To ban all coal tar dyes in food, after food producers and consumers had become accustomed to their use over several decades, would have been a politically and commercially difficult approach. Instead, governments took a variety of actions, including banning certain dyes that were known to be toxic or recommending a restricted list of harmless dyes for use in food.

Approaches varied according to different national cultures and philosophies from countries adopting precaution as a principle of public policy to those favouring a laissez-faire, buyer-beware approach. Regulators turned to chemists to choose which dyes to ban or recommend, and how to regularly update such lists regularly.

However, in a precursor to the risk and regulation dilemmas confronting scientists today, 19th-Century chemists struggled to arbitrate the use of the dyes that were being rapidly and widely introduced into everyday life, in varied and often unintended ways, and whose properties changed when combined with other chemicals.

Devising tests to detect and assess hundreds of new, and constantly appearing, substances was a formidable task, made more difficult both because most of the dyes were new to the testers.

Reaching any kind of consensus among chemists, from different countries and disciplinary backgrounds, over which tests were most appropriate or effective, or over how to standardise tests and their results, proved almost impossible. Chemists remained divided on the subject of toxicity, particularly as a result of the tiny quantities of individual dyes used in food.

Modern food colourings © Getty Images
Modern food colourings © Getty Images

An absence of agreement between chemists working in different sectors, from chemical and food manufacturing to public health, played a major part in ensuring that regulations were never fully secured, and still vary from country to country today.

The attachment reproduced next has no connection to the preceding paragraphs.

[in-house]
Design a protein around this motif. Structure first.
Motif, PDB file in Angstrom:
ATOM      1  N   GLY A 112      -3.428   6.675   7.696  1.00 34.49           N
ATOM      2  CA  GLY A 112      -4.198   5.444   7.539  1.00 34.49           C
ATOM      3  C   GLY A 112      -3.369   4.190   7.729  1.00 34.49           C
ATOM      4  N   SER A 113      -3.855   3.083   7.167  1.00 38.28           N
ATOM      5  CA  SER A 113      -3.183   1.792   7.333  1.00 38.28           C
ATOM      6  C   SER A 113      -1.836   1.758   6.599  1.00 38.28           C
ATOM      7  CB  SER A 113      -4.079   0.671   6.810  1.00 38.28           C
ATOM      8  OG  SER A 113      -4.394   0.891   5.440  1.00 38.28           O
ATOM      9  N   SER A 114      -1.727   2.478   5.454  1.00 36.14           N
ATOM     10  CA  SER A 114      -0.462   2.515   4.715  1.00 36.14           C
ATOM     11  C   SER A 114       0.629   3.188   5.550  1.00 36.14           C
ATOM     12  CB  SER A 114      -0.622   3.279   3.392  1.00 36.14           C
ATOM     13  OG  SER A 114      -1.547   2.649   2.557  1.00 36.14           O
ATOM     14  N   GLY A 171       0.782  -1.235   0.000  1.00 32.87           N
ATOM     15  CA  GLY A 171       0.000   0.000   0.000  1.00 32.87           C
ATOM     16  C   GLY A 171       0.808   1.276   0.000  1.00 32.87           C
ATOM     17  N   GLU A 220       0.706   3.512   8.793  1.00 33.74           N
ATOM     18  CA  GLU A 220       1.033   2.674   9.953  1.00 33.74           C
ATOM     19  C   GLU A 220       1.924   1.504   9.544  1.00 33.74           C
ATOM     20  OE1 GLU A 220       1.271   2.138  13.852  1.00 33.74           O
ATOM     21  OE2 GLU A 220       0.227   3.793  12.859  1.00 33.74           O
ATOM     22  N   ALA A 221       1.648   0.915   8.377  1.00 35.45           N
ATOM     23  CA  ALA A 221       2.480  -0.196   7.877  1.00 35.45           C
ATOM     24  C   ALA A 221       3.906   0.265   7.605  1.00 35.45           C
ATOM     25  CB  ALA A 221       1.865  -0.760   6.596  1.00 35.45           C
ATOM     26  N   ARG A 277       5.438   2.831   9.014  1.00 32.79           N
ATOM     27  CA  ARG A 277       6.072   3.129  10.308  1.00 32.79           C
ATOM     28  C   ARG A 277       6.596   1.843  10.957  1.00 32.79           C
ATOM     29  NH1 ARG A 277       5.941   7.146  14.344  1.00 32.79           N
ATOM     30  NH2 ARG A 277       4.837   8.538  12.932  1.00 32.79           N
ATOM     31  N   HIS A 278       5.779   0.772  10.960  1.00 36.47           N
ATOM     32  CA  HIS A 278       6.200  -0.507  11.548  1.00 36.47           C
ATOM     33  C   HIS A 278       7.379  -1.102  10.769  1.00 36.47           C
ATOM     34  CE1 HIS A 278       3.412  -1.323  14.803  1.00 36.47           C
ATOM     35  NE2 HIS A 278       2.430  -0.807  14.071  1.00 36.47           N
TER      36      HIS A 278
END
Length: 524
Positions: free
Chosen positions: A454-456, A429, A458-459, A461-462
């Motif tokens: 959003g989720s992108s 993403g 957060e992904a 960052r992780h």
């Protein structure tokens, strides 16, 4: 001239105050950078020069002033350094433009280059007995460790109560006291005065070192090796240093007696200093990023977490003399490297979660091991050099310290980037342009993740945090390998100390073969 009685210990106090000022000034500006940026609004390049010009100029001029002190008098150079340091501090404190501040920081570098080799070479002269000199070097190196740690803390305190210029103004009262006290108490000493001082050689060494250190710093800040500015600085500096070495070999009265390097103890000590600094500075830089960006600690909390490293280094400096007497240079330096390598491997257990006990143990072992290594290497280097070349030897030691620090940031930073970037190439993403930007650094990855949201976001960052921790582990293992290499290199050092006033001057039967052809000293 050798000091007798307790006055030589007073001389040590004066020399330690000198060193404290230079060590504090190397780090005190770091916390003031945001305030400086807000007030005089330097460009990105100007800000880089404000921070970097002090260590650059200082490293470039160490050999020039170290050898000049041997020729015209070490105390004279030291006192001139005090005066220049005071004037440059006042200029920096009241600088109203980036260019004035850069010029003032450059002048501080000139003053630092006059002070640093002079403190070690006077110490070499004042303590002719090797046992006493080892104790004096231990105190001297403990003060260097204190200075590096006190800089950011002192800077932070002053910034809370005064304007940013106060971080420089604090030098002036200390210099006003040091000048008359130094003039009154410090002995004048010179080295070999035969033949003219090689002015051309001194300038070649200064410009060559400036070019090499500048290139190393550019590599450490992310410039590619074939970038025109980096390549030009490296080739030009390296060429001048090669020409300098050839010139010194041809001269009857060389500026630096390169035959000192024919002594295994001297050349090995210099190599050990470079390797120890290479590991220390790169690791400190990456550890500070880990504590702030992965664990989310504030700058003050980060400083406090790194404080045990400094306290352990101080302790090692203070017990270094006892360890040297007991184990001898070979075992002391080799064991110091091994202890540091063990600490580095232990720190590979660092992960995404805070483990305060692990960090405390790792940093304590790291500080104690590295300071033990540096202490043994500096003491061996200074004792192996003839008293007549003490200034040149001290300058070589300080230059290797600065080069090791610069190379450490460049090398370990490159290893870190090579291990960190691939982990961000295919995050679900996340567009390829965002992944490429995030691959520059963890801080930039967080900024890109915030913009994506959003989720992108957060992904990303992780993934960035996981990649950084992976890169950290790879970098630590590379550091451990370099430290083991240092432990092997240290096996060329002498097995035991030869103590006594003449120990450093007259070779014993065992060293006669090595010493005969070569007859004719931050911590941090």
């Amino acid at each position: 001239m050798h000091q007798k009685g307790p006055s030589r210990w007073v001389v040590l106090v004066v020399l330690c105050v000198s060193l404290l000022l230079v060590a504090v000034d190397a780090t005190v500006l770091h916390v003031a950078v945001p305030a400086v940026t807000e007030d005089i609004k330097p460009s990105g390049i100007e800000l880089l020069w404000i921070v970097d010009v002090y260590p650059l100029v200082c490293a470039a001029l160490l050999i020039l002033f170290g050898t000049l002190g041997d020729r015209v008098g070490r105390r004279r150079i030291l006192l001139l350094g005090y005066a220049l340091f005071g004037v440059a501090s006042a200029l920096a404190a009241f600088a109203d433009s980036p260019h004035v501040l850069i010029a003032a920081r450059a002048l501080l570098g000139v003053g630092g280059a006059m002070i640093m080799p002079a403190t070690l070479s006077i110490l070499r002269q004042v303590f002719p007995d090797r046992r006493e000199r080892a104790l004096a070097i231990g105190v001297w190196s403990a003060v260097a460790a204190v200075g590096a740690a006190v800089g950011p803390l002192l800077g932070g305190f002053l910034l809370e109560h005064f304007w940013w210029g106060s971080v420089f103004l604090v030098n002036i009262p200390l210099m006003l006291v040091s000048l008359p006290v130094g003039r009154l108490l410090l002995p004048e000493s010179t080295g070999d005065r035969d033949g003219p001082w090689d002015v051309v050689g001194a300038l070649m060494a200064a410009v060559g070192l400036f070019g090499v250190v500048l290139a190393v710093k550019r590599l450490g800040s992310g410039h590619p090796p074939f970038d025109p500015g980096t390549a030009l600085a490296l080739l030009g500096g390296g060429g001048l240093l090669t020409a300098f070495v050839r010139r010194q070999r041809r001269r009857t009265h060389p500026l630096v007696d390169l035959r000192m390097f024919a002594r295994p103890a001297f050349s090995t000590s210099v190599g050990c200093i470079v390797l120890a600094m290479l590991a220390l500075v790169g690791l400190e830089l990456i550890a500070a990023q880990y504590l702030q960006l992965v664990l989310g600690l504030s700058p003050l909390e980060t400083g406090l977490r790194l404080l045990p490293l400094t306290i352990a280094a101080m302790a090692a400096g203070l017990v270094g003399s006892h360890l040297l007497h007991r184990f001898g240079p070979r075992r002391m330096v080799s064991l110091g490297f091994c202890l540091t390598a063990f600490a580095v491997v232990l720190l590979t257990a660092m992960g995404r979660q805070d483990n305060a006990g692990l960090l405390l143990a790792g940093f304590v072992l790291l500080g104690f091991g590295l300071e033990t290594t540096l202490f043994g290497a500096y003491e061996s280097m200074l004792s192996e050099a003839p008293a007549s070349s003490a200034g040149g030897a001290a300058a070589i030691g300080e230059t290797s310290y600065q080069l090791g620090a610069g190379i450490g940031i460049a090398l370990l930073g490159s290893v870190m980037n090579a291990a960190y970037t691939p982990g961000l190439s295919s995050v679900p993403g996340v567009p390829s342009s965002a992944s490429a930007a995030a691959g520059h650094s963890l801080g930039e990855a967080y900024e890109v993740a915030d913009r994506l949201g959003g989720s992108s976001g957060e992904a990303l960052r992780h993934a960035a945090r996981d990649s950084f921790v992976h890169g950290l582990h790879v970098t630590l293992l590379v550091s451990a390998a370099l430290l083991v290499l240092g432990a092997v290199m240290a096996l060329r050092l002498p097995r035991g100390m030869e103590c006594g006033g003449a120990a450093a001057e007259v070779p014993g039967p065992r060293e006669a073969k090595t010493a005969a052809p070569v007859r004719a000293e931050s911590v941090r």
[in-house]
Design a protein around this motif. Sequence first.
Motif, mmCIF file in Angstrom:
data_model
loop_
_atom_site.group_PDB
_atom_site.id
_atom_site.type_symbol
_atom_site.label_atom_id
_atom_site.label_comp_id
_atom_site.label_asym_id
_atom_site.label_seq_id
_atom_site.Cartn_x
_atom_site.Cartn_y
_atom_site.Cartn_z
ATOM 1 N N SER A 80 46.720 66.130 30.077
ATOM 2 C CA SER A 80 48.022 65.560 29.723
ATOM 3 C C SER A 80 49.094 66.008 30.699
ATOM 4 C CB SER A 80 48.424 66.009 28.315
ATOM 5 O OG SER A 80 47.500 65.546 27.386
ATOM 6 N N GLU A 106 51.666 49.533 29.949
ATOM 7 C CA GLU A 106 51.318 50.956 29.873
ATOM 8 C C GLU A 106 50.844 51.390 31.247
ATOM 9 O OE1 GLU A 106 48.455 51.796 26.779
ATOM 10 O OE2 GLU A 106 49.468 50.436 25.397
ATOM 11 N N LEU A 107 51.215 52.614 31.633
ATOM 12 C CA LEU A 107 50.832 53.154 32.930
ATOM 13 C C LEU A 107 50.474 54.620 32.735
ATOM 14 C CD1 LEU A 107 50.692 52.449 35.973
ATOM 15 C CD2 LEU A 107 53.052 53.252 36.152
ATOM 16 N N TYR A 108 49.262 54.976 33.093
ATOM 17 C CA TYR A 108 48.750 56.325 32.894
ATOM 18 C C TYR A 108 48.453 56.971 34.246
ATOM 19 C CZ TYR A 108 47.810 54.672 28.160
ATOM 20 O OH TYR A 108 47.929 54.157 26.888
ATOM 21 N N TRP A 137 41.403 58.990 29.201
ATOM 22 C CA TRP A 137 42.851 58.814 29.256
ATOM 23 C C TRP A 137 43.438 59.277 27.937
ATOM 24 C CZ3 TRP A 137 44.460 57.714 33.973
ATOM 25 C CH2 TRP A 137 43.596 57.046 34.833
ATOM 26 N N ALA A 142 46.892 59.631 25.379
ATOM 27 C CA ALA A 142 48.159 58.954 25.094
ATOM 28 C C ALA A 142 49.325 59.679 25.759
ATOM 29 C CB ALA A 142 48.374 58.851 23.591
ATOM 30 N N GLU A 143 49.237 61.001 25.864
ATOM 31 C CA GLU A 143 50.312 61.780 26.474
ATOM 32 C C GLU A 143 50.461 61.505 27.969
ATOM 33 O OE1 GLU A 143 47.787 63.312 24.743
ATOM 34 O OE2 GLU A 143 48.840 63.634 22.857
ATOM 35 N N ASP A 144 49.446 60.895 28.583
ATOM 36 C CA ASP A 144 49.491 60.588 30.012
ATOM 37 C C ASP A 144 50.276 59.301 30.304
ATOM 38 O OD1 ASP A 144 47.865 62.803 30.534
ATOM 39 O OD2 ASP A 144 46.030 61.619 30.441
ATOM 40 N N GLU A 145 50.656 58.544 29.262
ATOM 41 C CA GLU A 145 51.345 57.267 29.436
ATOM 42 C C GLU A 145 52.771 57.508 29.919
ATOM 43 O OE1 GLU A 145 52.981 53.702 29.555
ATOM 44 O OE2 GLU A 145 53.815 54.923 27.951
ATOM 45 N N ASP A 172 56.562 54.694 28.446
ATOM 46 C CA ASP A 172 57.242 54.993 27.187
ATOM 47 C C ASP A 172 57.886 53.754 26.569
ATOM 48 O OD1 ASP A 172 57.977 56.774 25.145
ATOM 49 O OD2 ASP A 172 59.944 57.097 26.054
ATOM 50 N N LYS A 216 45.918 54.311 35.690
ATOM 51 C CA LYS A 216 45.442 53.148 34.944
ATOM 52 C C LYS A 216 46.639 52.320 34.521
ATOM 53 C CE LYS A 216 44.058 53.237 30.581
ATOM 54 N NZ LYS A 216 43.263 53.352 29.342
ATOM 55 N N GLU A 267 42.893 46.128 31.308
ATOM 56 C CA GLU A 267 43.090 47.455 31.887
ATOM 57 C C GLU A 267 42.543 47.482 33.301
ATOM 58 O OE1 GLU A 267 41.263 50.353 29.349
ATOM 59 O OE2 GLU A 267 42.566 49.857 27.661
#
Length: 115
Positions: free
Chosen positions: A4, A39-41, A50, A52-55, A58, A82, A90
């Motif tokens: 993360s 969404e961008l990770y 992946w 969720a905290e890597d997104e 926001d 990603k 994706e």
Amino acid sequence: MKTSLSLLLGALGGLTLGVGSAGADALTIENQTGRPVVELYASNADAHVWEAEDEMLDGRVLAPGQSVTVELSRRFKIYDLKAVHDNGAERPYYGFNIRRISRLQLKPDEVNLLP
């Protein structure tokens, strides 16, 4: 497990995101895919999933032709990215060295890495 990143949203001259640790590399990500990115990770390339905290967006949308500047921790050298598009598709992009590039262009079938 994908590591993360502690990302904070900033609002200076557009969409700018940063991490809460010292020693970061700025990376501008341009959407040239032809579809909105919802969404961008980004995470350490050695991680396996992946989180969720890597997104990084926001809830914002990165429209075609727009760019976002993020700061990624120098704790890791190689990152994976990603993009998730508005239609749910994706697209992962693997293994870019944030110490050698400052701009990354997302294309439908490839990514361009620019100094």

Synthetic dyes, many of which were found during the 20th Century to be highly toxic, were never intended by their creators to be used as food additives. Their continued use for so long was the result of many factors, including a lack of consensus and status among scientists, political anxiety about food security, consumer expectations and economic competition in the marketplace.

Like many scientific risks we face today, this unintended and unmonitored application of science occurred without any one group being in a position to grasp the full situation. Regulation and control became increasingly complicated as the practice was normalised and vested interest heightened and widened.

We now live in a world saturated with synthetic chemicals. Our society couldn’t function without the hundreds of thousands of synthesised chemicals we use in everything from the food we eat to the packaging surrounding it, our cleaning products and pesticides, our clothes, cars and household furnishings.

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However, concerns are increasing about the impact they are having on the environment and our health, with our bodies now playing host to hundreds of synthetic chemicals that did not exist before the 1850s. Aniline and azo dyes were the substances that led to the synthesised chemical industry that has reshaped our world and the food we eat.

A Rainbow Palate: How chemical dyes changed the West’s relationship with food is out now (£32, University of Chicago Press).

A Rainbow Palate: How chemical dyes changed the West’s relationship with food is out now (£32, University of Chicago Press)